Bodies Unclaimed as Indonesia Flood Toll Rises

A picture shows the dead bodies of victims of flooding caused by torrential downpours in Teluk Wondama, Indonesias West Papua on October 5, 2010. At least 56 people were killed and 24 remain missing after the flash floods.

WASIOR, Padang - The remote Indonesian town of Wasior was a scene of devastation Wednesday, with bodies lying unclaimed in the debris of flash floods that killed at least 86 people and left dozens missing. The seaside town’s Sanduay neighbourhood was all but flattened when a wall of mud, rocks and logs hit it on Monday.

An AFP reporter who reached the area, 240 kilometres (150 miles) southeast of Manokwari, West Papua province, said hundreds of homes had been destroyed. Residents and rescue teams were searching the mud and debris for survivors but officials said the death toll is almost certain to rise.

Several bodies could be seen wedged beneath rocks and logs that were washed into the town from surrounding hillsides. Some of the logs — felled by timber workers in nearby forests — were two metres (seven feet) wide and left a trail of destruction as they swept through the town on the raging flood waters.

“Earlier Monday morning there were sudden floods but on a small scale. But 30 minutes later I heard a kind of big thunder and I saw powerful waters coming from the mountain,” 50-year-old resident Wilem Imburi told AFP.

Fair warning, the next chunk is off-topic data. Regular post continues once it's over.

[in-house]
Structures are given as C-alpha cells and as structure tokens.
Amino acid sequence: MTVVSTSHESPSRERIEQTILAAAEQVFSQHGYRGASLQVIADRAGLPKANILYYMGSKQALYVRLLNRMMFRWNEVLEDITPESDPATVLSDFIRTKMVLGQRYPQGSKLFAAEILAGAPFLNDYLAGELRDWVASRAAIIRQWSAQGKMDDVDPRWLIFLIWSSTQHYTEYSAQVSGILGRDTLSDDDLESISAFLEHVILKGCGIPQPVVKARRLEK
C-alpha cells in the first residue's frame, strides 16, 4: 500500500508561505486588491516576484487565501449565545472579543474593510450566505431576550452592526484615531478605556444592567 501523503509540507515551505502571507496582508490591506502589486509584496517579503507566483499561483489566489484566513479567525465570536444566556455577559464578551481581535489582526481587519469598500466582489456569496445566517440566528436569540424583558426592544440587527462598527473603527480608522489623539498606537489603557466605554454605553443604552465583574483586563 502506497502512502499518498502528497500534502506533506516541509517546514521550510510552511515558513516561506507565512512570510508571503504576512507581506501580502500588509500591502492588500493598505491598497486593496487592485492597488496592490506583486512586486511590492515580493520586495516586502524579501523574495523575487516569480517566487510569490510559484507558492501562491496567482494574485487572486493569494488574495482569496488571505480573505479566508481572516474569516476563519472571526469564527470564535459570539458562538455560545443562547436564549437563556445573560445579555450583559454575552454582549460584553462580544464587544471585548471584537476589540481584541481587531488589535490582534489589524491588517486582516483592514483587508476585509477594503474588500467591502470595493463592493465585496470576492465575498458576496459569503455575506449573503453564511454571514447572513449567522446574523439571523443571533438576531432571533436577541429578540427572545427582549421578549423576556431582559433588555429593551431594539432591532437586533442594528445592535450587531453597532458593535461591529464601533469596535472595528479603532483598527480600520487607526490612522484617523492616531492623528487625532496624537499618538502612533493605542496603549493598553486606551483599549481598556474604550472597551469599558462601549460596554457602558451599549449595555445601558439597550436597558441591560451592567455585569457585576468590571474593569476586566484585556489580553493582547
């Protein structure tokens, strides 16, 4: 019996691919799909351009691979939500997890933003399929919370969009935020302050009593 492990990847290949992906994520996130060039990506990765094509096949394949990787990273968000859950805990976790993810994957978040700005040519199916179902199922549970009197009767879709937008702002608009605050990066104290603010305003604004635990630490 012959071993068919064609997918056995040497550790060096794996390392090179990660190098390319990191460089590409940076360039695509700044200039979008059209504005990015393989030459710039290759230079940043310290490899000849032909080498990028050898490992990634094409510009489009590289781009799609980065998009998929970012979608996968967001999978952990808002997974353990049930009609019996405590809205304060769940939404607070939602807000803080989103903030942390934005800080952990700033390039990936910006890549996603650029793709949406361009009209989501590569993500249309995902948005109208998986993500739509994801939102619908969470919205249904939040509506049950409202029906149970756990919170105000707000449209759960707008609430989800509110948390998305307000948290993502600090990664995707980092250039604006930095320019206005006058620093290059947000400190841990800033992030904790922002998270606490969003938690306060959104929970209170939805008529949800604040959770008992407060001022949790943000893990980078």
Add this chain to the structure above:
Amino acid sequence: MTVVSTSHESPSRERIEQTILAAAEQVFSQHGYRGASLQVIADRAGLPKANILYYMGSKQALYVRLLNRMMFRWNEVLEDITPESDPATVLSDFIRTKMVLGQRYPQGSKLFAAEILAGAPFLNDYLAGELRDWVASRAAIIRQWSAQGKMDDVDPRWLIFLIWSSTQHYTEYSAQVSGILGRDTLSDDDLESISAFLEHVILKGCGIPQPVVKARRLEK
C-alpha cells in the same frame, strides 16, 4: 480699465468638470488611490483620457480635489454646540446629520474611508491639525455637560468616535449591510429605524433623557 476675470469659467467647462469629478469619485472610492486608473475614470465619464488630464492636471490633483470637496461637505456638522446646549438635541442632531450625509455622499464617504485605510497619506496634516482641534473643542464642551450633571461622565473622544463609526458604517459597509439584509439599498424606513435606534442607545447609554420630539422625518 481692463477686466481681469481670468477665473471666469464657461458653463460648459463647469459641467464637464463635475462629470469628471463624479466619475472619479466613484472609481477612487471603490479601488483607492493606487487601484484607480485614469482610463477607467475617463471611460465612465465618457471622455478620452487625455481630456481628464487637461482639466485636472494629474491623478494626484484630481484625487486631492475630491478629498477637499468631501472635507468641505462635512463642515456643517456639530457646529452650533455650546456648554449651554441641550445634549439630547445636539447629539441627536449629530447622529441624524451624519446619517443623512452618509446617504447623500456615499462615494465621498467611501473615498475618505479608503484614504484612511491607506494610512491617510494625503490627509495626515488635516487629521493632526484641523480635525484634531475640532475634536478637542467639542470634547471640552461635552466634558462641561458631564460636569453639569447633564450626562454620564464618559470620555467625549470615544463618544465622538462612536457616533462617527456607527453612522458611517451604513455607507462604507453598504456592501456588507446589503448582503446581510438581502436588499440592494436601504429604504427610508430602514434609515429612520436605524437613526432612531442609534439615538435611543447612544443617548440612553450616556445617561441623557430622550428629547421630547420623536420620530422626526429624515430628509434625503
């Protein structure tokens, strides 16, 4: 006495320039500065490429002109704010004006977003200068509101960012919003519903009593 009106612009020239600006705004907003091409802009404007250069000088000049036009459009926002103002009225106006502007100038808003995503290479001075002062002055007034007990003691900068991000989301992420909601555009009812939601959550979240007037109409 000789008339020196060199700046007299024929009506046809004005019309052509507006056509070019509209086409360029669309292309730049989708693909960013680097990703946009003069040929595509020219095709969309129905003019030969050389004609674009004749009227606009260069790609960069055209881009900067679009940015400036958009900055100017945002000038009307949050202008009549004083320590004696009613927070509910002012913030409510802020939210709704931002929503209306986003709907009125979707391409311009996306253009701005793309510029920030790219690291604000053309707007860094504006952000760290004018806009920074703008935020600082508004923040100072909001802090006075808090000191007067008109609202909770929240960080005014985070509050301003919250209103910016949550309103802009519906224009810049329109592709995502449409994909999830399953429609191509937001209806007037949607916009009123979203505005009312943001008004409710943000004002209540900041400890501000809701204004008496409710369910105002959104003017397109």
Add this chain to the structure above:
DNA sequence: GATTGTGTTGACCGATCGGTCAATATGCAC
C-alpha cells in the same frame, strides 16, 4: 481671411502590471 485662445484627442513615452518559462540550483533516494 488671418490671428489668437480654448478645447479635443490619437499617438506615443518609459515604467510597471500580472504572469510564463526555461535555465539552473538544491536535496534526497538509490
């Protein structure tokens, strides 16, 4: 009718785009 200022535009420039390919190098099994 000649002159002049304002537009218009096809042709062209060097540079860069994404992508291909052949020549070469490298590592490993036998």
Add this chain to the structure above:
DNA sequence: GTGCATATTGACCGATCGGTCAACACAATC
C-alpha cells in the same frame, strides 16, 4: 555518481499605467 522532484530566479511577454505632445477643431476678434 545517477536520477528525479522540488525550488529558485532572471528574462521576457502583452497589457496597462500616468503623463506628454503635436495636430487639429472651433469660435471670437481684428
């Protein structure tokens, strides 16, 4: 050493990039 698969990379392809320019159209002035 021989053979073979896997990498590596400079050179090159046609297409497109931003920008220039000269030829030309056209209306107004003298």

“There was chaos and people panicked and tried to run to safety.” Father-of-two Mahmud, 36, said he managed to hold on to his son but lost his two-year-old daughter.

“I was holding my two kids when the waters came, but I didn’t have enough strength and lost grip of my daughter,” he said.

The flood carried him and his four-year-old son into the sea about 500 metres (yards) away from his home. Papua search and rescue official Mochamad Arifin said at least 86 people were killed and 81 were injured in the disaster.

“We are still searching for dozens of missing people,” he said.

“The chance of survival for the missing people is slim.”

Experts fear such events will become more common in Indonesia due to a combination of climate change, land conversion and logging, which can contribute to landslides and flash floods after monsoonal downpours.

Indonesia’s climatology agency said most parts of the Southeast Asian archipelago had experienced torrential rains, strong winds, high waves and flooding due to extreme weather this year./


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